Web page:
The policy
3

The Dodds' house was insured for full replacement cover under a policy described as an “AMI Premier House Cover” policy. The policy provides “top up cover” for earthquake damage over and above the amounts payable by EQC. It states under a section headed “cover for your house” that if the insured house is damaged beyond economic repair, which both parties accept was the case here, the insured can choose between four insurance options. This section goes on to describe what the insurer will do for each such option:

  • (i) to rebuild on the same site. We will pay the full replacement cost of rebuilding your house.

  • (ii) to rebuild on another site: We will pay the full replacement cost of rebuilding your house on another site you choose. This cost must not be greater than rebuilding your house on its present site.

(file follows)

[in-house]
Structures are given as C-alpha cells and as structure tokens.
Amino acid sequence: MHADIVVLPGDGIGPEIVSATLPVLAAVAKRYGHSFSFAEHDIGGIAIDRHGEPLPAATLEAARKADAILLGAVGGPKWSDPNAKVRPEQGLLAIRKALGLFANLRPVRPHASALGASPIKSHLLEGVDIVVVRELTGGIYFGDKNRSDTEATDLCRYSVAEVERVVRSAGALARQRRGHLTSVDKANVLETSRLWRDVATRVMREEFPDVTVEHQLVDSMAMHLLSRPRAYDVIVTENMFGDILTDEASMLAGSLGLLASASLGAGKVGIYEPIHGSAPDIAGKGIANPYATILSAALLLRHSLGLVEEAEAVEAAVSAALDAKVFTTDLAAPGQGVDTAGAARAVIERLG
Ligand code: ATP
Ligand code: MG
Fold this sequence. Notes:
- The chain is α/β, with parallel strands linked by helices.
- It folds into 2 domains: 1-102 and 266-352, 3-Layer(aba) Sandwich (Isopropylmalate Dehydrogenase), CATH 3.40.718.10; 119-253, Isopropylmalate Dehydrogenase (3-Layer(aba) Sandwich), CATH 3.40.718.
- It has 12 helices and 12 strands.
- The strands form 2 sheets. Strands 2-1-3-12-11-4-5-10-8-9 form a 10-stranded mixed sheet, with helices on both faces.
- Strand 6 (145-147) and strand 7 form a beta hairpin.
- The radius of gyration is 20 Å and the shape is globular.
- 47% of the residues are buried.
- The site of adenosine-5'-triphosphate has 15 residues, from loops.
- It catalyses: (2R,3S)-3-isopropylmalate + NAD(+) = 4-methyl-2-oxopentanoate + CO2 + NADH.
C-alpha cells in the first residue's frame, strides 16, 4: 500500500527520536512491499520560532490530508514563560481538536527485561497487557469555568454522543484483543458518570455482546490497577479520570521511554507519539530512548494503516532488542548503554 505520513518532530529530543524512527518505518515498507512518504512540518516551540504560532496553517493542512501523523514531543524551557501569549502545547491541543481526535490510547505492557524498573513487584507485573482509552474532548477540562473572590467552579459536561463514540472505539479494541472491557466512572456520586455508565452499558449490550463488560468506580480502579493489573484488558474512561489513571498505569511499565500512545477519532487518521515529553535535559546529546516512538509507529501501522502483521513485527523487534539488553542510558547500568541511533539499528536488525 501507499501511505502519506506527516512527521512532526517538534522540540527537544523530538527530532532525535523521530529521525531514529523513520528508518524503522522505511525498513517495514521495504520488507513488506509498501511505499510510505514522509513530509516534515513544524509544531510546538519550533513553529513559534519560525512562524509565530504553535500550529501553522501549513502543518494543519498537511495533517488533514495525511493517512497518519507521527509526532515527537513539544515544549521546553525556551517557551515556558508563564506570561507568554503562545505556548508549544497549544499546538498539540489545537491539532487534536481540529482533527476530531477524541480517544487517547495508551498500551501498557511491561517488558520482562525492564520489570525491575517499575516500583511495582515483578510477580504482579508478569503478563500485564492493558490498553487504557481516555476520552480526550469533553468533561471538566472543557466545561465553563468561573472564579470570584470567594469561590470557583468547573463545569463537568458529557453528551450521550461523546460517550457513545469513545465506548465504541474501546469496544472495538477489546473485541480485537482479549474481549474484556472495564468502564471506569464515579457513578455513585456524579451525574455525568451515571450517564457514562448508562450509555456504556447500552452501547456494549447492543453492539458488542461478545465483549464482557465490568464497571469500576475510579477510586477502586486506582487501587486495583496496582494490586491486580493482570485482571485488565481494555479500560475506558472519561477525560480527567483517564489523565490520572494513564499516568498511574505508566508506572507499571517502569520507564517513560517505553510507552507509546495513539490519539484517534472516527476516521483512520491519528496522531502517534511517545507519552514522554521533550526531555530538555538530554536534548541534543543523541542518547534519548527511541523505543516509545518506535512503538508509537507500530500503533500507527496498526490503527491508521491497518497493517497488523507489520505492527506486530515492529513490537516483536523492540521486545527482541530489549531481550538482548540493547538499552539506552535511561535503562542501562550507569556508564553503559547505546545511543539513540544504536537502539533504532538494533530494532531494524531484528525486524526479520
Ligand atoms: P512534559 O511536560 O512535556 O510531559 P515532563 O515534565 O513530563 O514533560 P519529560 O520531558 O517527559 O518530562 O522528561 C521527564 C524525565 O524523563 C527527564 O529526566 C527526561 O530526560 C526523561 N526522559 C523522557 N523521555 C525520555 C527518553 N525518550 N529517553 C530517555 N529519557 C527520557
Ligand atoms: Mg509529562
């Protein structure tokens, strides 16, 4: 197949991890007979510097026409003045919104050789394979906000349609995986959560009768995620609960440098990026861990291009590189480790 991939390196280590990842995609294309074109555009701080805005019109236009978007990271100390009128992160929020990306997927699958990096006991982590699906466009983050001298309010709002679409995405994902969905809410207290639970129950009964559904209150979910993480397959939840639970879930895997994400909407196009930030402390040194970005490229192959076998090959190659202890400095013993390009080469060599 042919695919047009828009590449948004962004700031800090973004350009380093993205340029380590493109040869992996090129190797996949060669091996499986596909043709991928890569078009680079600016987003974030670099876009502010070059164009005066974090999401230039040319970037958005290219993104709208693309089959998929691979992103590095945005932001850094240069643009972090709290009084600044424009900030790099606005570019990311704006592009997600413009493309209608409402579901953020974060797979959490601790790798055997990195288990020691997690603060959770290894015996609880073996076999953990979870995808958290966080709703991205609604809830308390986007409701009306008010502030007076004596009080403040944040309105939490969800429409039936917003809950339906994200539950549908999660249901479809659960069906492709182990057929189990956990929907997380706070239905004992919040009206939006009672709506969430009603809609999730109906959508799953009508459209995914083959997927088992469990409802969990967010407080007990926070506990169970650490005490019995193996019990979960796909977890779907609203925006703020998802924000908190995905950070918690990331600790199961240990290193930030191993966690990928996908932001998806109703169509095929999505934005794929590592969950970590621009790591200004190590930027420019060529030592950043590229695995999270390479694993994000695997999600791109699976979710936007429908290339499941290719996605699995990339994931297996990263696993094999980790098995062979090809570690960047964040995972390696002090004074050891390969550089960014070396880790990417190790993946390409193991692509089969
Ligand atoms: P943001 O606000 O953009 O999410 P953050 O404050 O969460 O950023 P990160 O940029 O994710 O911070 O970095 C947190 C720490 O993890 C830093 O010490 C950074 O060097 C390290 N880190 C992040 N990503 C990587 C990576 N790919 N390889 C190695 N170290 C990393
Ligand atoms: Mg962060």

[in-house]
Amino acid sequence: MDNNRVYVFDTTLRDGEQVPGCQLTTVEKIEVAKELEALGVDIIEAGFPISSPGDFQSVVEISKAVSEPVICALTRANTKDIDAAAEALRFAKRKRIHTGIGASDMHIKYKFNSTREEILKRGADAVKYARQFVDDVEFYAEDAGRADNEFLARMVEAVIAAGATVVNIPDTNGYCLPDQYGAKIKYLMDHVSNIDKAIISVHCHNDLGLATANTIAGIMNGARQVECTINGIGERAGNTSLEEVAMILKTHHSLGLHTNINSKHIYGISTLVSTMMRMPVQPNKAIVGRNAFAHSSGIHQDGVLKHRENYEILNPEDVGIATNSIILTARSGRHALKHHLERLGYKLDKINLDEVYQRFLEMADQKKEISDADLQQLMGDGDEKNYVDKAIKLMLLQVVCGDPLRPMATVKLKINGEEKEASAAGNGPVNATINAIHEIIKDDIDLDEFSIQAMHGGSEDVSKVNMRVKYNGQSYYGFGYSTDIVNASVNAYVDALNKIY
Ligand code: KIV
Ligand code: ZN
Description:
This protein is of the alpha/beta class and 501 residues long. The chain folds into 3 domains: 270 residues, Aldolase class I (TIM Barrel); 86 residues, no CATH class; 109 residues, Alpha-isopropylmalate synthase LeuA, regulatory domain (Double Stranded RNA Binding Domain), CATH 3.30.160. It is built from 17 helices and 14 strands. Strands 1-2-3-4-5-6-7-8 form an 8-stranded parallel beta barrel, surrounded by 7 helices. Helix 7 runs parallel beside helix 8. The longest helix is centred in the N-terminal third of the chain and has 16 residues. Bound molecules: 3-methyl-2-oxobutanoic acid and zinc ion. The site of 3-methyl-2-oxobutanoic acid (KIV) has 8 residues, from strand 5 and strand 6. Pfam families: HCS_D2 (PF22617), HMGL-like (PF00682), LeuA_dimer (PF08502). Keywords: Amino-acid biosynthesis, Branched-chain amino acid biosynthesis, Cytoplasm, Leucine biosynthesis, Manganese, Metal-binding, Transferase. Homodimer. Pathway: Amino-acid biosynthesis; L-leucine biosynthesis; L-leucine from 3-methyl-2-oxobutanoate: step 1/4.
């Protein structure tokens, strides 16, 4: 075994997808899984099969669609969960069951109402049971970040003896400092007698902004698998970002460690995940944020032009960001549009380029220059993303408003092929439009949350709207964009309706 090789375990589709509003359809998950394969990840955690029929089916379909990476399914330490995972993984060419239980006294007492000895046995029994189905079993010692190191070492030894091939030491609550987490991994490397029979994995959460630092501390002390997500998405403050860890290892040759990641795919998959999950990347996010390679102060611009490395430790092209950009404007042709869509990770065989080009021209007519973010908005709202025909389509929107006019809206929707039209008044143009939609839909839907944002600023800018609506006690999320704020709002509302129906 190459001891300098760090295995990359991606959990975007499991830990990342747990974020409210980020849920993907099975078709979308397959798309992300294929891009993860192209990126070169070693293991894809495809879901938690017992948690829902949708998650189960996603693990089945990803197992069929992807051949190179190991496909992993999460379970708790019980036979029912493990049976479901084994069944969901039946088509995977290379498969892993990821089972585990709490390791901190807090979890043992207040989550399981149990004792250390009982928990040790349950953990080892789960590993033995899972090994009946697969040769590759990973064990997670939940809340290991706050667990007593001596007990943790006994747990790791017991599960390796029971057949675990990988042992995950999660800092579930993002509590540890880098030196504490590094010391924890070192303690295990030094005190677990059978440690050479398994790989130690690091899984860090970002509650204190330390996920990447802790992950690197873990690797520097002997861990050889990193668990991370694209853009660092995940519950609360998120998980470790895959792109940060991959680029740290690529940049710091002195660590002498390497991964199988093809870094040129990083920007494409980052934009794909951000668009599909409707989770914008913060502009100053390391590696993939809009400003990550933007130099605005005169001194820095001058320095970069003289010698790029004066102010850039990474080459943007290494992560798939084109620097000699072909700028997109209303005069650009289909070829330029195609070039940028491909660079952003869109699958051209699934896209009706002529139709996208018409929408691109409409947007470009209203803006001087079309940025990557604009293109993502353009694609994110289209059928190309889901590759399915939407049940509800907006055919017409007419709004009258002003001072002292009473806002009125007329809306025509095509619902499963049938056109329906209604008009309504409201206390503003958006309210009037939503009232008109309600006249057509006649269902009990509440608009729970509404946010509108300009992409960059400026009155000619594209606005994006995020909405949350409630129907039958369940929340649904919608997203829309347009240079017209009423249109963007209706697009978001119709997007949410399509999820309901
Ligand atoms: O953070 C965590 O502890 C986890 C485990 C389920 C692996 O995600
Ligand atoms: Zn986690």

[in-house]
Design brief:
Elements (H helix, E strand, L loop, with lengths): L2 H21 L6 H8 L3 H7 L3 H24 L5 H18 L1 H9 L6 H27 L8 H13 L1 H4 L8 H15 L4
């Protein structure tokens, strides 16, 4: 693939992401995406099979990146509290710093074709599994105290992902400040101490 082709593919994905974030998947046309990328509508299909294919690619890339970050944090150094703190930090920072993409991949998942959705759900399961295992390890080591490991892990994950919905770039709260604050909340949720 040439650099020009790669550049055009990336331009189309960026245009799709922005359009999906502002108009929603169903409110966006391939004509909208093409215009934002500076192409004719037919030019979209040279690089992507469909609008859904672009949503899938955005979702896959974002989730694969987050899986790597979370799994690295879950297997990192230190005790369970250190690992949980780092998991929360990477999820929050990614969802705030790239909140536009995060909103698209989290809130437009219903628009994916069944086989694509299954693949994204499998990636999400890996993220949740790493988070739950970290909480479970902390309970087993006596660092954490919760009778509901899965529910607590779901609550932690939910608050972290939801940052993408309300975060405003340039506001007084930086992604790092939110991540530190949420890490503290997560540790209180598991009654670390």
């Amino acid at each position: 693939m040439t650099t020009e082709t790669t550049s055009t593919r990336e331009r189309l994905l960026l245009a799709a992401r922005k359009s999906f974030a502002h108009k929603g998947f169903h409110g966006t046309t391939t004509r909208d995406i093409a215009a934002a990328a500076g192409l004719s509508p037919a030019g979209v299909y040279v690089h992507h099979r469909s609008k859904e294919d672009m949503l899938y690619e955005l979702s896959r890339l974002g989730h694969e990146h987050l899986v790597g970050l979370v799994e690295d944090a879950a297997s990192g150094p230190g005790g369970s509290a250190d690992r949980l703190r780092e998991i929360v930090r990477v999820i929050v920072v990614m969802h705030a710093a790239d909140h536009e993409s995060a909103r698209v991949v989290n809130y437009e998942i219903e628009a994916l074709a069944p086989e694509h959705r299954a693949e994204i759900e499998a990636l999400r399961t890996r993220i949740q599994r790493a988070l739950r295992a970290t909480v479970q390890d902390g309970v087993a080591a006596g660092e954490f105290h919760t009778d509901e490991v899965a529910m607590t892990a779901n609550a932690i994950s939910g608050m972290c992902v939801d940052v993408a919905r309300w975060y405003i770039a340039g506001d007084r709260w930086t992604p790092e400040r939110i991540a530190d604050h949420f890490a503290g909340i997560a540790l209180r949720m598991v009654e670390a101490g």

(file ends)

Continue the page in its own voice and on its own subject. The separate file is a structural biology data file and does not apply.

• (iii) to buy another house. We will pay the cost of buying another house, including necessary legal and associated fees. This cost must not be greater than rebuilding your house on its present site.

  • (iv) a cash payment. We will pay the market value of your house at the time of the loss.

4

A separate section in the policy provides “cover for additional costs”. This outlines further costs the insurer will meet as follows:

1. Professional fees

We will pay the reasonable cost of any architects' and surveyors' fees to repair or rebuild your house. These expenses must be approved by us before they are incurred

2. Demolition and debris removal

We will pay the reasonable cost of demolition and debris removal. These expenses must be approved by us before they are incurred.